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MPA Student Presents in 3MT Competition

MPA Student Presents in 3MT Competition

Michelle Pahlen is from Crookston, MN. She graduated with her B.A. in Political Science from UND in May 2023. She currently works at the Teaching Transformation and Development (TTaDA) and the Pancratz Career Center at UND. She will be graduating with her Master of Public Administration in May 2024. Michelle had the opportunity to present at the 3 Minute Thesis (3MT) Competition earlier this semester. She presented results from an evaluation of the Alice T. Clark program that she began planning last year during POLS 537 – Program Evaluation, a course taught by Dr. Laura Hand in the MPA Program.

What made you decide to evaluate and present on the Alice T. Clark program?

When it came to having this assignment for POLS 537, I was at a loss on what program I wanted to do. At the time though, the ATC Mentoring Program 2022-23 session was a big focus in the department (TTaDA), so I reached out to Dr. Hand to see if it would work for the assignment. When it was approved, I brought the idea to Dr. Anne Kelsch, the Director of Faculty Development who leads ATC to get some more information on the program for the assignment. I have been working at TTaDA since Fall of 2021, so I have been surrounded by this faculty development type of work, and I really enjoy higher education, so I found the potential benefits of this program very fascinating.

How did the evaluation process unveil?

There was an extensive amount of planning prior to doing this evaluation. The assignment itself consisted of gathering information about the program (a description and program theory), creating a logic model, and stakeholder mapping. It also included discussing the purpose of the evaluation, crafting evaluation questions, a research design, and a data collection plan to guide the more hands-on research. Once this was all completed, I then had to create the structure of the focus groups and survey and then a plan on how the data would be analyzed. Dr. Kelsch would meet with me after each section was submitted; we would go back through the sections together and find any areas that needed editing or more information added to be sure it was accurate.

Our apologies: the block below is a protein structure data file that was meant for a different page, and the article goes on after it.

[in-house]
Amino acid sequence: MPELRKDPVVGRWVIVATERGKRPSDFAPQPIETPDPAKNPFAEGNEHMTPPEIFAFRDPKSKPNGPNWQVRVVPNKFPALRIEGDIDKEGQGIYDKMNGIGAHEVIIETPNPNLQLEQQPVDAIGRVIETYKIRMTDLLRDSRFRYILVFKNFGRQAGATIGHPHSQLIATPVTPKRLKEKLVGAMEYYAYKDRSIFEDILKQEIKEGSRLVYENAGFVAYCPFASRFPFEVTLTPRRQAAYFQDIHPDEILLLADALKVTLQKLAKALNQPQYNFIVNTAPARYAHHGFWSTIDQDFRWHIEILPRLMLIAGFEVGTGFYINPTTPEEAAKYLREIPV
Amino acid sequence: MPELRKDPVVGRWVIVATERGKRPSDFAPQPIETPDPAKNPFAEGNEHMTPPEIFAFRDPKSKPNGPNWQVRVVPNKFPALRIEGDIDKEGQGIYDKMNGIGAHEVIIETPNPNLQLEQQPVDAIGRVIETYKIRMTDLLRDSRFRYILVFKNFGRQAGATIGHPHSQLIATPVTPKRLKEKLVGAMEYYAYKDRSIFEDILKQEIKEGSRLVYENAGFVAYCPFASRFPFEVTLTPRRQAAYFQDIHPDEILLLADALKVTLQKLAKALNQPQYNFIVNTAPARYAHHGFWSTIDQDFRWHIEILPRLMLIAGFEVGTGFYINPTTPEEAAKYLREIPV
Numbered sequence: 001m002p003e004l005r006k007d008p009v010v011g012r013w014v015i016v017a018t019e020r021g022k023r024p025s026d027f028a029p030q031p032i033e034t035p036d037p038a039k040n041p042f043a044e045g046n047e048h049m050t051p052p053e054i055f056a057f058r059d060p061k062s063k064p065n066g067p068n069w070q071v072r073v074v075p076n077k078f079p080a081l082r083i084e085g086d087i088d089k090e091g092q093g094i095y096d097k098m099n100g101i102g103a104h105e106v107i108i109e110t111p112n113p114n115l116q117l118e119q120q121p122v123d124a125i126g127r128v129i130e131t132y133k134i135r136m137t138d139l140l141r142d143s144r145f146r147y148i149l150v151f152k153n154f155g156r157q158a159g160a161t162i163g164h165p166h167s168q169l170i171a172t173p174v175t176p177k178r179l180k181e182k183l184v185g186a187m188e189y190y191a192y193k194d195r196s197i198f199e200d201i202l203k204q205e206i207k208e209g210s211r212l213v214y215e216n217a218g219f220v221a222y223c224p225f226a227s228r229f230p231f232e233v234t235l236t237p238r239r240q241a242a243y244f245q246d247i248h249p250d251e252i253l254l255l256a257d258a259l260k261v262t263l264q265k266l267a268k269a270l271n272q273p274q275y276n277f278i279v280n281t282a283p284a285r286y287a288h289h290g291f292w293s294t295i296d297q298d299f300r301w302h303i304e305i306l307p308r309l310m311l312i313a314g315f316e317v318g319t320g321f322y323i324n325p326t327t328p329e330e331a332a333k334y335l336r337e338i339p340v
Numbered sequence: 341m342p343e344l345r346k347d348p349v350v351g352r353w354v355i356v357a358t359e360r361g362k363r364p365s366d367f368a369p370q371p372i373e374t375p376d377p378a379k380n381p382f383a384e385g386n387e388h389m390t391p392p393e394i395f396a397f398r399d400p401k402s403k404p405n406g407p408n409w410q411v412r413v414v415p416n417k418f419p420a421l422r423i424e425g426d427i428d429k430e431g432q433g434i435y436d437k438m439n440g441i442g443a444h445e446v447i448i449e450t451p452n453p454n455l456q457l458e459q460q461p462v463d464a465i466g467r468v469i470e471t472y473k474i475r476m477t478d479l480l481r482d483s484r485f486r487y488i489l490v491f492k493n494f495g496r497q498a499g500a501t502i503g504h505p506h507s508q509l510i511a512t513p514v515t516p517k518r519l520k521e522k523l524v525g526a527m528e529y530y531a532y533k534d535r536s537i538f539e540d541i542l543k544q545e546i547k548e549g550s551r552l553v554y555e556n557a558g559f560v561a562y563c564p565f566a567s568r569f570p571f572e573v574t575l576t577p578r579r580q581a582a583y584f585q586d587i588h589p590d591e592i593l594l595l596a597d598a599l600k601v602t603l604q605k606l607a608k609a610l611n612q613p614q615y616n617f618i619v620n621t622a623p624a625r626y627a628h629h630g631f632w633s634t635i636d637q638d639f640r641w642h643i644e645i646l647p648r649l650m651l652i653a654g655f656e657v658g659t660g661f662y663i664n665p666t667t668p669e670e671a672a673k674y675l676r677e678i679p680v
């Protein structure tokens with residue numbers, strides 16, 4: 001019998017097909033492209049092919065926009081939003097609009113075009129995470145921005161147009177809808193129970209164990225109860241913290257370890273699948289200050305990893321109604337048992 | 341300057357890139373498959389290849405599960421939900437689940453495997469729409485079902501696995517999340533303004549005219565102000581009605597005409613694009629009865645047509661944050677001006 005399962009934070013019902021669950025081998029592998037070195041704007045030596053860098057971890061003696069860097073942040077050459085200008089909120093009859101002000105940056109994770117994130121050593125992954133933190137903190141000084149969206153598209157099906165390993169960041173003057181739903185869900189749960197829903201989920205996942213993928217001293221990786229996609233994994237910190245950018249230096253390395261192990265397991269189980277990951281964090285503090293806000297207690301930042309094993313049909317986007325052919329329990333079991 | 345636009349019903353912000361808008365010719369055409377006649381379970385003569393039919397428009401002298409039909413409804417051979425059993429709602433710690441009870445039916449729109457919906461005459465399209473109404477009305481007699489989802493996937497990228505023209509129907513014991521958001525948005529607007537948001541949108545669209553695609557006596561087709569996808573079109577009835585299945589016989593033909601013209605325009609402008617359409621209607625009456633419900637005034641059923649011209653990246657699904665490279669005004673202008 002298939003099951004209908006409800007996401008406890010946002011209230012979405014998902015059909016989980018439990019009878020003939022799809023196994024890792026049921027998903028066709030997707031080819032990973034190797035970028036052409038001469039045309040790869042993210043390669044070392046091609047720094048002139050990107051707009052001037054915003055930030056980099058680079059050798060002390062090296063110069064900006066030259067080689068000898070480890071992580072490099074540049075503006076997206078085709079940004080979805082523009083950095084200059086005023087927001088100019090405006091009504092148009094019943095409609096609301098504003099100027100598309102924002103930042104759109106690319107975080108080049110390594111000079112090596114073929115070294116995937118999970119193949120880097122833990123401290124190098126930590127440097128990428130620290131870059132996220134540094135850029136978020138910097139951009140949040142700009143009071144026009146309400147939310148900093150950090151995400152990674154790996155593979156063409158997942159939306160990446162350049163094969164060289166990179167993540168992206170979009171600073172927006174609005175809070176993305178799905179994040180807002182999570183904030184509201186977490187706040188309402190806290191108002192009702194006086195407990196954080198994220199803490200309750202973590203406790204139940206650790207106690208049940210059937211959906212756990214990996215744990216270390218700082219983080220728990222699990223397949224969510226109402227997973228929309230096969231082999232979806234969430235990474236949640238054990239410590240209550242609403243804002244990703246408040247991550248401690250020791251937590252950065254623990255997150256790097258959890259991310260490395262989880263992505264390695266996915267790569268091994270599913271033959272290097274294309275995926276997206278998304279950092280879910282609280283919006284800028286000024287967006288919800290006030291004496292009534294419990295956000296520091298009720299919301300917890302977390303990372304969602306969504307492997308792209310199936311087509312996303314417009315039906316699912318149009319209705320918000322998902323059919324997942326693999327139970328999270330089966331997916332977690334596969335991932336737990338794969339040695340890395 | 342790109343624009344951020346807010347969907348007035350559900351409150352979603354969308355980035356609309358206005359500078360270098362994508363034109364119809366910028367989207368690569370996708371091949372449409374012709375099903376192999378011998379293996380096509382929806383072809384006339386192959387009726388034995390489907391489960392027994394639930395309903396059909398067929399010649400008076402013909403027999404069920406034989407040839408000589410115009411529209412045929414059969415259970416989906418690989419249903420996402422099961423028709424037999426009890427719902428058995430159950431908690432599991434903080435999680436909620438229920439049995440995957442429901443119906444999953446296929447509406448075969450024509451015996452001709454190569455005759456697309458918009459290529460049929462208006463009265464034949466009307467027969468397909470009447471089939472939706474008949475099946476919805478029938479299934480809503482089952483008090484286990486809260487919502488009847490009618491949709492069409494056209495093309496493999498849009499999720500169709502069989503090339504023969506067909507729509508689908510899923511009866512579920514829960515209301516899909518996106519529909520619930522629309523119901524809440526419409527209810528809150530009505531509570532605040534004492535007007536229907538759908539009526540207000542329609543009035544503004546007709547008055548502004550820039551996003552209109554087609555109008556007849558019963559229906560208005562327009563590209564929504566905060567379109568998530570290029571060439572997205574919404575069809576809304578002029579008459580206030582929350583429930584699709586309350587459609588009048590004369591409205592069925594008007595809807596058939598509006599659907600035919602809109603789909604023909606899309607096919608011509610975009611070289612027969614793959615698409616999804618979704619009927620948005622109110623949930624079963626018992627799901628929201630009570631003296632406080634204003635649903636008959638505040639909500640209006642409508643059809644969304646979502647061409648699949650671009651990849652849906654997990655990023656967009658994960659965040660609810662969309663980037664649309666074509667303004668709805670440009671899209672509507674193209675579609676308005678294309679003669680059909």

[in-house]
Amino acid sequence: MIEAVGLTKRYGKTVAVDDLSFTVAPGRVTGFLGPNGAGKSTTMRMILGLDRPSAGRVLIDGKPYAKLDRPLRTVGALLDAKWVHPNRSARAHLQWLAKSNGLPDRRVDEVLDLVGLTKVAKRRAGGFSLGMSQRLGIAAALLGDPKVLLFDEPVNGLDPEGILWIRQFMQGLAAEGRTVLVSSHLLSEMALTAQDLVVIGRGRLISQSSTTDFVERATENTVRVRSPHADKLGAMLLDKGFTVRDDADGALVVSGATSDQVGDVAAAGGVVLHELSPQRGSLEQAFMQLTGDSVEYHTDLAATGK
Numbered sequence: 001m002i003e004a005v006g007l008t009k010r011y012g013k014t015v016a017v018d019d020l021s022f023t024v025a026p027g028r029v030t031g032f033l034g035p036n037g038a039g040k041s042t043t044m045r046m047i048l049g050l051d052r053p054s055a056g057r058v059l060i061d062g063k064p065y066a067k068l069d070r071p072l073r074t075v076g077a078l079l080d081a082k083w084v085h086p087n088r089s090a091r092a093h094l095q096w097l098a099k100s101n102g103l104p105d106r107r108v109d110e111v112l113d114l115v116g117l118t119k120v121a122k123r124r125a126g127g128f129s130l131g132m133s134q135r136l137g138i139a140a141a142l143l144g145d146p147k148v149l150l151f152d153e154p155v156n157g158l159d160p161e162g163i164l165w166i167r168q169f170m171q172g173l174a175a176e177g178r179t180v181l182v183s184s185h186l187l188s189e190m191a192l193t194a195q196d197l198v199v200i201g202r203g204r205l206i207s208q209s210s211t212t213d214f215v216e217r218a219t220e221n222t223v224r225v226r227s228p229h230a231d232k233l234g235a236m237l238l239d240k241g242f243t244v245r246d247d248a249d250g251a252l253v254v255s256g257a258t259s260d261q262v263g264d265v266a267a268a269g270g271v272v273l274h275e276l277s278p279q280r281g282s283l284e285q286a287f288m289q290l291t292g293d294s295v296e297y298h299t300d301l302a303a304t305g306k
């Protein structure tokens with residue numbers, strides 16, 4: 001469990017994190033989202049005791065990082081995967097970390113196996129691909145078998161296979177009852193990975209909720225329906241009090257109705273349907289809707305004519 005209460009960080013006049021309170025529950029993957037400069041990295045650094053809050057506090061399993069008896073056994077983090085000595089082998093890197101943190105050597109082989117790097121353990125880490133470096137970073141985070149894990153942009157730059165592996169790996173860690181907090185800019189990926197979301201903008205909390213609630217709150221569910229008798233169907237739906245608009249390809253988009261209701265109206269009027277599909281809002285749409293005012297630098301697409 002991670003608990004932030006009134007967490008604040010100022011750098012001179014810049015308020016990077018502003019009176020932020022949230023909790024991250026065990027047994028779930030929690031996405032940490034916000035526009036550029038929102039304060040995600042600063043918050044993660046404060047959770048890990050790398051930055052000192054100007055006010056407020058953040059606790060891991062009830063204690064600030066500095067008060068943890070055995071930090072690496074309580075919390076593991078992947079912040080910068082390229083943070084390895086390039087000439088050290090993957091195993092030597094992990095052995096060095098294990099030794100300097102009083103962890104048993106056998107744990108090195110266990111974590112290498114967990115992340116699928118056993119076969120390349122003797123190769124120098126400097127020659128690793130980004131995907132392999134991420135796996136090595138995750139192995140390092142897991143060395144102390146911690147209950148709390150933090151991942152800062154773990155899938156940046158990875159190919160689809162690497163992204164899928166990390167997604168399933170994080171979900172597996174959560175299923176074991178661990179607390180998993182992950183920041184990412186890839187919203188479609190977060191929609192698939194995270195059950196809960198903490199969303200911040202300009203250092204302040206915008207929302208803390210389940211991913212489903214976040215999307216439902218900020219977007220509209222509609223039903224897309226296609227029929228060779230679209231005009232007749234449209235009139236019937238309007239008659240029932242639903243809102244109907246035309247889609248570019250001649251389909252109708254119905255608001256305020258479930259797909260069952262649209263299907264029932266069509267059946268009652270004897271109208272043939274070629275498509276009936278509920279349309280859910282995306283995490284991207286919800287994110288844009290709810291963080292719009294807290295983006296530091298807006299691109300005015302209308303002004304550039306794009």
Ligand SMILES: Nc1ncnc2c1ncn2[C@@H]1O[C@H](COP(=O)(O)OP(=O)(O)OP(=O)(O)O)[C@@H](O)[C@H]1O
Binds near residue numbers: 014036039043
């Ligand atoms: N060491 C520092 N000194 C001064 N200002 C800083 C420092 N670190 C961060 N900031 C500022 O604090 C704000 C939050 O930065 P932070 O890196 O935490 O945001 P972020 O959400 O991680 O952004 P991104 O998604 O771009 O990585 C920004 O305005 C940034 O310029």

She also provided information on suggested time frame, question selection, and recommended number of participants for the focus groups, and worked with me to facilitate any changes to their post-survey they would send out to the year’s mentees. After everything was ready to go, Dr. Kelsch helped me reach out to the mentees and department chairs for their participation in the focus groups, which had to move quickly as we had about two weeks until most instructors would be off contract for the summer. The focus groups’ planning was also extensive, including crafting surveys to organize times, crafting messages and reminders to send, setting up the technology, and then holding the focus groups; it was all very time-consuming. After all of this came compiling the information and coding it to find the main focal points of the survey, mentee focus groups, and then department chair focus groups.

How did you prepare for the 3MT to describe your research in a clear and compelling way?

I had never had an experience quite like this before and it was difficult to start. Prior to our first training session for the competition, I was mainly focused on the research that was done and the results. But, when it came to this kind of writing it needed to be more personalized, and the trainers really helped with refining this information to be informative but with that personalization. The biggest piece that I had actually been struggling with was the analogy to start off the presentation and my trainer at the time suggested the ‘favorite teacher’ analogy I ended up using. Finding a kind of structure and balance too was particularly important because you do not want to confine yourself to only showing the research in one light. After I got the structure I liked down, I attended a few more training sessions to continue refining it and getting feedback. To prepare myself for the speaking portion of the competition, I ran through it a bunch, talking slowly and taking a few pauses in between sections to make sure that during the competition I did not go overtime.

What advice would you give to students who are interested in pursuing the opportunity to compete in the 3MT?

As someone that truly does not like public speaking, the idea of participating in this competition was very nerve-wracking but, in the end, it was worth it. I remember for the first training session; I was overthinking all of it and was not confident in what I had. When I got there, it was obvious that this first version was not perfect for everyone, and it was not expected to be. Those training sessions really helped with building confidence because you were getting the feedback and refining it to make it better, which also helped me get to know the information I was focusing on a lot better too. After the whole thing it felt really rewarding to successfully craft this story of my research.